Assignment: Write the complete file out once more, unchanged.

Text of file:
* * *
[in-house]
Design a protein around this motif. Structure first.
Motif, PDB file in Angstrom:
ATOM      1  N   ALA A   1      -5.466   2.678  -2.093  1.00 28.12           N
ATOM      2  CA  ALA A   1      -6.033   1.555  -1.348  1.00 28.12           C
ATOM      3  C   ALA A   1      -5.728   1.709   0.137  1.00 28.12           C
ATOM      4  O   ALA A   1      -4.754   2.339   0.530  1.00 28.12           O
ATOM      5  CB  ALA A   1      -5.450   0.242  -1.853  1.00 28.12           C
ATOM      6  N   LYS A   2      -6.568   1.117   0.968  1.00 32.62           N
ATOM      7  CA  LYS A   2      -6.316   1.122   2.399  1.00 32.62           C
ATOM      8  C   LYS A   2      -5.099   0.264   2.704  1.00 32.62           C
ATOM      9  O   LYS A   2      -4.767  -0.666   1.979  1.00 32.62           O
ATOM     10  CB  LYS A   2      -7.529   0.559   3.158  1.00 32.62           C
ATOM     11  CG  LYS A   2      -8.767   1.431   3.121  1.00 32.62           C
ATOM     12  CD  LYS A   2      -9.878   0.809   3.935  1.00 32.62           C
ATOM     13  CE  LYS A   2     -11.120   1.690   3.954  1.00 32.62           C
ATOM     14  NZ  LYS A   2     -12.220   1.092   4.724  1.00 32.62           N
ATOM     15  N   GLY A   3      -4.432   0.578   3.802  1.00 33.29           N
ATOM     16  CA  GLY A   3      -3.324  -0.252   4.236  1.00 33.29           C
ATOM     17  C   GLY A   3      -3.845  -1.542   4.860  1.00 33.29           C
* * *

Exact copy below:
[in-house]
Design a protein around this motif. Structure first.
Motif, PDB file in Angstrom:
ATOM      1  N   ALA A   1      -5.466   2.678  -2.093  1.00 28.12           N
ATOM      2  CA  ALA A   1      -6.033   1.555  -1.348  1.00 28.12           C
ATOM      3  C   ALA A   1      -5.728   1.709   0.137  1.00 28.12           C
ATOM      4  O   ALA A   1      -4.754   2.339   0.530  1.00 28.12           O
ATOM      5  CB  ALA A   1      -5.450   0.242  -1.853  1.00 28.12           C
ATOM      6  N   LYS A   2      -6.568   1.117   0.968  1.00 32.62           N
ATOM      7  CA  LYS A   2      -6.316   1.122   2.399  1.00 32.62           C
ATOM      8  C   LYS A   2      -5.099   0.264   2.704  1.00 32.62           C
ATOM      9  O   LYS A   2      -4.767  -0.666   1.979  1.00 32.62           O
ATOM     10  CB  LYS A   2      -7.529   0.559   3.158  1.00 32.62           C
ATOM     11  CG  LYS A   2      -8.767   1.431   3.121  1.00 32.62           C
ATOM     12  CD  LYS A   2      -9.878   0.809   3.935  1.00 32.62           C
ATOM     13  CE  LYS A   2     -11.120   1.690   3.954  1.00 32.62           C
ATOM     14  NZ  LYS A   2     -12.220   1.092   4.724  1.00 32.62           N
ATOM     15  N   GLY A   3      -4.432   0.578   3.802  1.00 33.29           N
ATOM     16  CA  GLY A   3      -3.324  -0.252   4.236  1.00 33.29           C
ATOM     17  C   GLY A   3      -3.845  -1.542   4.860  1.00 33.29           C